The COVID-19 pandemic began in the year 2000. Americans fled California and New York for safety and better health.
Census Bureau data shows that 18 states, plus Washington, D.C., lost population in the period between July 2020, 2021, and now. The losses suffered by many states are small in comparison to those of New York City and California. During those twelve months, the two states had lost 319,00 and 260,000 inhabitants, respectively. Illinois finished third with a loss of 113,000, after having suffered a population collapse for many years.
When viewed in terms of the percentage of their total population, Washington, D.C. suffered the worst. In just twelve months, it lost more that 3.4 per cent of its preandemic population.
On the opposite end, Texas saw an increase of 310,000 people during the same time, with significant migration from Arizona (918,000), Florida (2211,000), and North Carolina (93,000).
Overall, the number of people who moved in the year following the pandemic was lower than that for a normal year. A different set of Census Bureau data was released a few months back. It showed that moves fell to the lowest level in at least 70 year in the twelve months from April 2020 to March 2021. This only throws some of the figures in sharper relief. Even though there was a decrease in overall migration, New York and California experienced significant increases in departures during the period July 2020-2021.
The pandemic seemed to have intensified migration trends already in progress, as it had done elsewhere. California and New York suffered significantly greater losses than the previous two years in 2020-21, just as it was for many states with recent population loss,” says William H. Frey (a Brookings Institution senior fellow).
New York’s population has been declining for many years. California’s population fell nearly flat in the last decade after decades of rapid growth. California’s congressional delegation is likely to shrink due to the fact that the rest the nation grew quicker than it.
Many factors can influence a person’s decision to relocate from one area to the next. These decisions are more dependent on individual factors than economic or political issues. It is important to not assign too much significance to figures relating migration. Some partisans will try to make a point by saying that Americans are moving to the red state from blue. This may even be true in some cases. However, it overlooks the fact that personal decision-making is based upon many factors, some of them not politically motivated.
States are not monoliths—someone moving to the booming West Texas city of Midland is probably doing so for a different reason than someone moving to also-booming Austin—and a successful state is capable of attracting more than one type of person. In fact, states that are successful grow despite their political stereotypes and not because of them.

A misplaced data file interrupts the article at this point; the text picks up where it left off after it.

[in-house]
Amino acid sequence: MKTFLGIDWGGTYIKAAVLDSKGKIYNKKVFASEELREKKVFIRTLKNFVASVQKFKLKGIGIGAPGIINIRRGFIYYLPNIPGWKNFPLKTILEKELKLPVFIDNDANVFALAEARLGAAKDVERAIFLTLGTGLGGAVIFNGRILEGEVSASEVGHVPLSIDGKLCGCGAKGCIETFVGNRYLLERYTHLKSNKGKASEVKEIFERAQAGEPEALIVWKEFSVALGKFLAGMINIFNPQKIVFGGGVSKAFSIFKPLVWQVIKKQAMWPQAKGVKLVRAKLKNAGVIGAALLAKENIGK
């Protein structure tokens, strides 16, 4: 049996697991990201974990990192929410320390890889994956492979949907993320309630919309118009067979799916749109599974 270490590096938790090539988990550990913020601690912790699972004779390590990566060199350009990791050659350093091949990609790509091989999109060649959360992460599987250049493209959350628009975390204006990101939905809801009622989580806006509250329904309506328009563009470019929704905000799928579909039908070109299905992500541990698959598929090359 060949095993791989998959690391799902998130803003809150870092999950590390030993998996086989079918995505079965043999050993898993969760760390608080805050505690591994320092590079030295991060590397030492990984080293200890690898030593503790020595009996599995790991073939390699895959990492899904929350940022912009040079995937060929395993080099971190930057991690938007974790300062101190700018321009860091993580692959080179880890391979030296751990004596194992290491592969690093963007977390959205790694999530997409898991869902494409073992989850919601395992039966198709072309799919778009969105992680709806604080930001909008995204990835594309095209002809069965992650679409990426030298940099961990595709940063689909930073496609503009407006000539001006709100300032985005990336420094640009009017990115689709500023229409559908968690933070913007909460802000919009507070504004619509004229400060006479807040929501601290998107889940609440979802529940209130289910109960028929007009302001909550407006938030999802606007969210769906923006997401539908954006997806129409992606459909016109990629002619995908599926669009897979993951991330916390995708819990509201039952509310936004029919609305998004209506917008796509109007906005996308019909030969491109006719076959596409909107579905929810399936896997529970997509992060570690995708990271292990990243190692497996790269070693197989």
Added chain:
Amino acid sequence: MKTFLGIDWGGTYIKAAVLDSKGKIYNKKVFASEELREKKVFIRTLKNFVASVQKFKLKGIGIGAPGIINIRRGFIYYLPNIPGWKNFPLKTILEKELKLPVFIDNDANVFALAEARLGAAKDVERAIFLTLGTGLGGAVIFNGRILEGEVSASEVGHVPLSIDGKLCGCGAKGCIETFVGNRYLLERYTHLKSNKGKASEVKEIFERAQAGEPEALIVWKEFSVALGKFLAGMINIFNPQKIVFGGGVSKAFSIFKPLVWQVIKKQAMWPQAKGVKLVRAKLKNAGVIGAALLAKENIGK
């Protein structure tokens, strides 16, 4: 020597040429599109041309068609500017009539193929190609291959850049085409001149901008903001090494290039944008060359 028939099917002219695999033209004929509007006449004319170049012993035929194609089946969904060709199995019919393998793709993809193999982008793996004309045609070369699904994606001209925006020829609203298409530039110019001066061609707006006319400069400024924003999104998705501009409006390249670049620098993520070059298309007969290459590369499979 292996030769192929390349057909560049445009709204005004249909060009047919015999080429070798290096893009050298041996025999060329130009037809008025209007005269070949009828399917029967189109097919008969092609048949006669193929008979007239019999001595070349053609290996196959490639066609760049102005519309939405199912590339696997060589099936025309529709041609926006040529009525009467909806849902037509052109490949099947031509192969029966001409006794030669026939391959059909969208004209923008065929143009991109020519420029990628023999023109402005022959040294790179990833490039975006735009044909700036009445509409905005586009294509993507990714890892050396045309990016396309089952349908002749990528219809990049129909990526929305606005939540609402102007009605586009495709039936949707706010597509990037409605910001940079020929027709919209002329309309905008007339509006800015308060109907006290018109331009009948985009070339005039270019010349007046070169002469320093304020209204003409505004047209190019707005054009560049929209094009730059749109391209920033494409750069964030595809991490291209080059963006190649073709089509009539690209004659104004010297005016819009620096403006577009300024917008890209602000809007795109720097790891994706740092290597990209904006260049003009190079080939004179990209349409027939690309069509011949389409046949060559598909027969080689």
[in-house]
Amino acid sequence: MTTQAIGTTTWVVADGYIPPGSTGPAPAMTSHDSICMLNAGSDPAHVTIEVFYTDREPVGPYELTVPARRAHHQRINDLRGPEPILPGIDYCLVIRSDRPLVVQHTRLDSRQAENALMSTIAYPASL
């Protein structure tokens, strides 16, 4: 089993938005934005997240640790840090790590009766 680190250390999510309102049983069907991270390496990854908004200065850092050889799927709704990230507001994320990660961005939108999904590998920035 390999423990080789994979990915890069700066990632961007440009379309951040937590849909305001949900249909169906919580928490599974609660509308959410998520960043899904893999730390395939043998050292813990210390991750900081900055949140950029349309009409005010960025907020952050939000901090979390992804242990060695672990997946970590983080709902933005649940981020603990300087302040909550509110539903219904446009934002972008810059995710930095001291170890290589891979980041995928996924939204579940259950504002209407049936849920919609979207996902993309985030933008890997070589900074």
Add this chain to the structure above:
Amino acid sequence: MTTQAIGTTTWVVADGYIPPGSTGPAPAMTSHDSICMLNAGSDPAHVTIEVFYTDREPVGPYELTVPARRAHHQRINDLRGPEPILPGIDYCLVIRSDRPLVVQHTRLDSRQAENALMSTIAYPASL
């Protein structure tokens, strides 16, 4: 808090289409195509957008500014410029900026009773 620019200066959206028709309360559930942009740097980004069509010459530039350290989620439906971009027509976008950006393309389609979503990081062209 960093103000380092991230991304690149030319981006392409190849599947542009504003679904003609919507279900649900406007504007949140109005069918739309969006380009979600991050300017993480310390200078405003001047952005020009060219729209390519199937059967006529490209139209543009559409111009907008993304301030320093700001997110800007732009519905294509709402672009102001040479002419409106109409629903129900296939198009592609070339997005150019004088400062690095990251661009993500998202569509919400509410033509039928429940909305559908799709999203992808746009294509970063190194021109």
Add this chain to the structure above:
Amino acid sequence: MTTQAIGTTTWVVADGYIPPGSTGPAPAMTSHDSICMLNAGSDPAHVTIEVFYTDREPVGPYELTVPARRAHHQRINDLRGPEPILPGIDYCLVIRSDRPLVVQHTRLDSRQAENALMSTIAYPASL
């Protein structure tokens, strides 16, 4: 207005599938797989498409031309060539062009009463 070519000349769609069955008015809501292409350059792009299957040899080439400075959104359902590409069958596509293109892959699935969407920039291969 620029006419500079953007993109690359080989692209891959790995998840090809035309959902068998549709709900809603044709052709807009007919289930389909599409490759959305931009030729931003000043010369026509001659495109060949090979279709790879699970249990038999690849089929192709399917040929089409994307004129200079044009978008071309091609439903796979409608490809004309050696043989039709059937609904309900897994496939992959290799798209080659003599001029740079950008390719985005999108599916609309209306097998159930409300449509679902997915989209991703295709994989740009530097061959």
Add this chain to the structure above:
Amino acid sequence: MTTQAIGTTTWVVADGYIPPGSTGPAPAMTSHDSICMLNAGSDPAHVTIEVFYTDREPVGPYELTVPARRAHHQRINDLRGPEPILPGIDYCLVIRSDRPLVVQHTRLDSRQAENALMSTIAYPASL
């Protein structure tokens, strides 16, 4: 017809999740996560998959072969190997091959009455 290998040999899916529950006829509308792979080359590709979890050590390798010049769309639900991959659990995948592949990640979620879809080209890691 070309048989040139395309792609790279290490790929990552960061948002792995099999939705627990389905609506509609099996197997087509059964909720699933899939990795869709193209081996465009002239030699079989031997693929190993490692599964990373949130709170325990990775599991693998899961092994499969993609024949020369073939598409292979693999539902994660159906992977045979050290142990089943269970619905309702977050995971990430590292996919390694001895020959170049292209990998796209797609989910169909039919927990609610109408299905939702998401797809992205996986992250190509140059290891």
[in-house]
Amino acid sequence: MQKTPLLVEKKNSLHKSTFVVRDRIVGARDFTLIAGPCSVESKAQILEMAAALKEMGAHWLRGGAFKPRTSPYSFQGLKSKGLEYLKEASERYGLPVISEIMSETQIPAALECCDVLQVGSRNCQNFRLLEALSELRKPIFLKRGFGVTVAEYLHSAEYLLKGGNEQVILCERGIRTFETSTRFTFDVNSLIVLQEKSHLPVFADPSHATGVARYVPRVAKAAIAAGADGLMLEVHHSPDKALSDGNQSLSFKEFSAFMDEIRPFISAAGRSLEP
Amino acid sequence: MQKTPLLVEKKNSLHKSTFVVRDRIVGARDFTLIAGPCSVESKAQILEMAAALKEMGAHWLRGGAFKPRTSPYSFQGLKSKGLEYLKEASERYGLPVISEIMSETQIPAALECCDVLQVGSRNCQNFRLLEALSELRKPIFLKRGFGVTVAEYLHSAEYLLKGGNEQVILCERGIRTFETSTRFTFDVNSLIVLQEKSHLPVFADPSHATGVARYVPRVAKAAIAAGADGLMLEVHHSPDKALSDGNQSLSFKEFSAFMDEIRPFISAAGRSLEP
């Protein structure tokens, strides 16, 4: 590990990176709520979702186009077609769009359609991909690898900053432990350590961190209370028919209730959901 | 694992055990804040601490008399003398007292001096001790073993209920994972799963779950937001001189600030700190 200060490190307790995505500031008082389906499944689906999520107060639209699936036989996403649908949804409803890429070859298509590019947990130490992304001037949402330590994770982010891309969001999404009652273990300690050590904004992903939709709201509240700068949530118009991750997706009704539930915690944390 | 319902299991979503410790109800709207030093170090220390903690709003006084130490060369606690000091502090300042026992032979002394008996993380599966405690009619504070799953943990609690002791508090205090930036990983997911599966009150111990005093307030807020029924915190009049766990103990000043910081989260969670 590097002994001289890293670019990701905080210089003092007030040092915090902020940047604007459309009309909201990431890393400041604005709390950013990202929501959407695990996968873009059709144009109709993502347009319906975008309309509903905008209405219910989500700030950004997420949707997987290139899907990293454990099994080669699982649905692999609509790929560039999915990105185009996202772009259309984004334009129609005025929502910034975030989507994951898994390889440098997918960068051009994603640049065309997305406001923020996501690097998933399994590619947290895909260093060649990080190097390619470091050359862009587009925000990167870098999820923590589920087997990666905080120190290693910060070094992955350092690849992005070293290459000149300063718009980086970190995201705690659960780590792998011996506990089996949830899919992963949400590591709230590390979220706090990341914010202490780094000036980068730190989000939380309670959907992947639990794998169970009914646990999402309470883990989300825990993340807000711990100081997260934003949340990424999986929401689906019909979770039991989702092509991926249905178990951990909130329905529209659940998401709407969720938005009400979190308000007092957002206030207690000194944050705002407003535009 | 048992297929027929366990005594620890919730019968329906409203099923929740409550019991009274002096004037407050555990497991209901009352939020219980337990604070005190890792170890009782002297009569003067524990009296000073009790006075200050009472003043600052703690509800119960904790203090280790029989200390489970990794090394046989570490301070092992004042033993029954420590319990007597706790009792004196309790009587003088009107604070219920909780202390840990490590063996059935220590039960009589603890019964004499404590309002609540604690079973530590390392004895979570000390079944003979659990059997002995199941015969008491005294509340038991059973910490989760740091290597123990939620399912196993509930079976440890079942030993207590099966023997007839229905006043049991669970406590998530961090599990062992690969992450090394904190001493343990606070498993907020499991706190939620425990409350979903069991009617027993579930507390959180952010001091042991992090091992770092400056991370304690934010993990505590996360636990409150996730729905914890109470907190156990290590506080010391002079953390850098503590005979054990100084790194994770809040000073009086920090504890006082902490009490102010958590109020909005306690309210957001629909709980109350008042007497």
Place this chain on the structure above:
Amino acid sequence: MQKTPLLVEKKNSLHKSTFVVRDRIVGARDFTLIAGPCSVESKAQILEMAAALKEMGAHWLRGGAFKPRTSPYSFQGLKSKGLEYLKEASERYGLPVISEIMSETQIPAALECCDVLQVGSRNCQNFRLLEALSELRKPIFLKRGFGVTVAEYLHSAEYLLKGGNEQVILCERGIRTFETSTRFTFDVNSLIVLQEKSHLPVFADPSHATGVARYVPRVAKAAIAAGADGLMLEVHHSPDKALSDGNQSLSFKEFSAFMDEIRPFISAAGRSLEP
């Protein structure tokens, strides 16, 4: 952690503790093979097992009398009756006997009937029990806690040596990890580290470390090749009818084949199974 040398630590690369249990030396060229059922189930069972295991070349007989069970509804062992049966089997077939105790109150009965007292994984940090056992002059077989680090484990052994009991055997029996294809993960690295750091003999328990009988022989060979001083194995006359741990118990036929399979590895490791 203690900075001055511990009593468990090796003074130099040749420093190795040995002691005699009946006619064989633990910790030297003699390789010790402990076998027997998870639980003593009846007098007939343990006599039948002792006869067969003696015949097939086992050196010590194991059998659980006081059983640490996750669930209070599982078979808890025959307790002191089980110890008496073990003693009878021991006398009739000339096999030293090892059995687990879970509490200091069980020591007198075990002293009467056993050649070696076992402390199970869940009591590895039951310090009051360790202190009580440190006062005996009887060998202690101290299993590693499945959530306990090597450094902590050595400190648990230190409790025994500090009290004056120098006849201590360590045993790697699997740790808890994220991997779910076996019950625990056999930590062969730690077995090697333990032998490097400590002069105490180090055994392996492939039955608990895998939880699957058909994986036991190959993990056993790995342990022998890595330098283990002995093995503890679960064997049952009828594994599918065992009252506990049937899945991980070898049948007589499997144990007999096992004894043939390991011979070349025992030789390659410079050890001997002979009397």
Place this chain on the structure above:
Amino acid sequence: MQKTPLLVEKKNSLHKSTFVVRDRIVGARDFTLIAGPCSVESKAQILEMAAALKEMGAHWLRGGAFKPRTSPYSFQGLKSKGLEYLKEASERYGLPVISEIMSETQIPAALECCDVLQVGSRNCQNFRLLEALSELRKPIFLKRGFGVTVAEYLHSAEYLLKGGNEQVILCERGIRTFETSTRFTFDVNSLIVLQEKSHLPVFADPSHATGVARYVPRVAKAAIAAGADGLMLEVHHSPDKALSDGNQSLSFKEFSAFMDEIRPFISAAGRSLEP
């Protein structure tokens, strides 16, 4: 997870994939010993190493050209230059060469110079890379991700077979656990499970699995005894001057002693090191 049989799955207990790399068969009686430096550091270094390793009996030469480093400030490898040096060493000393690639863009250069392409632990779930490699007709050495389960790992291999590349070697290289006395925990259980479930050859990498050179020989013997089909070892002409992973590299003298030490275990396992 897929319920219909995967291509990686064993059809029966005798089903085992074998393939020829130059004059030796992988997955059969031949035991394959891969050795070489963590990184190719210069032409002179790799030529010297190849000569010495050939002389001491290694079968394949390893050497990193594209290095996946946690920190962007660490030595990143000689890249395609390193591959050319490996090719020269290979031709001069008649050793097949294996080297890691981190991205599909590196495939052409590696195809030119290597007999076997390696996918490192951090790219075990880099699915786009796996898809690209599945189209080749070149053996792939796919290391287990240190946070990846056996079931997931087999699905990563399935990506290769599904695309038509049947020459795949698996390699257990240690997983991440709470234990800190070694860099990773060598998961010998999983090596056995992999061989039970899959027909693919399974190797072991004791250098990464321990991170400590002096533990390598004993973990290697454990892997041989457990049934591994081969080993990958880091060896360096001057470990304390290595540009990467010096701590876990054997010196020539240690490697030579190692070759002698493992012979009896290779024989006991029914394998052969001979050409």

These important caveats aside, it is difficult to examine the Census Bureau’s new data and not make some generalizations about why California, New York, and to a lesser extent D.C., were so remarkable outliers in the last year.
Pandemic policy is a common theme. New York’s capacity restrictions were not lifted until May 2012, even though similar laws had been repealed in many other countries. Los Angeles economic restrictions often had little meaning and were especially harsh for small businesses. School closures, where were concentrated in big cities and blue states—places that have, not surprisingly, now seen a corresponding drop in enrollments—made life more difficult for parents and children. People say that they are moving because of financial pressure. Pandemic-era policies were ripe to create new financial problems for large swathes of Americans.
However, I believe that the Census data also shows frustrations with school closings and pandemic rules. Wendell Cox of a St. Louis-based consulting company, who is an expert in population and policy, points out that D.C. has lost around 3.3 percent of its residents after the previous decade of significant annual population increases. Then, he looks at the states gaining population—and not just the biggest ones.
“West Virginia is within the reach of remote workers who spend only a few hours per month on-site. The state saw its domestic migration net total IncreaseCox reports that the average for its past decade was minus 4,600, which has dropped to 2,300.” A New GeographyA blog on urban policy and demographics. “Delaware was similarly near to Washington as Philadelphia and saw its net domestic migration increase rise to 12,000 from the previous decade’s average of + 5,000.
West Virginia and Delaware share some other features with the big population-gaining states like Texas, Florida, and Arizona—namely, low taxes and relatively cheap land (with some exceptions, of course).
Remote work, or part-time remote working, is here to stay. States like West Virginia, Delaware, and others stand to benefit from the East Coast’s post-pandemic cleanup. The geography of many states close together means that there will be more competition. People may choose to live in their own suburbs, and avoid the high costs of living, high taxes, and long commutes to work if they only need to visit the office one week.
The majority of people will continue to live here. Even though Washington saw a dramatic drop in its population over the past year, it still has 96 percent. New York City is still the most important economic hub in the world. California has nearly unlimited natural resources.
However, the fact that so many Americans moved in the pandemic period should be a warning to policy-makers about the reality of what is happening at the margins. There is competition among the states, so the end of the pandemic restrictions will not stop these trends.
Some states will not like the places workers live in a world that empowers them to choose where and when they want to.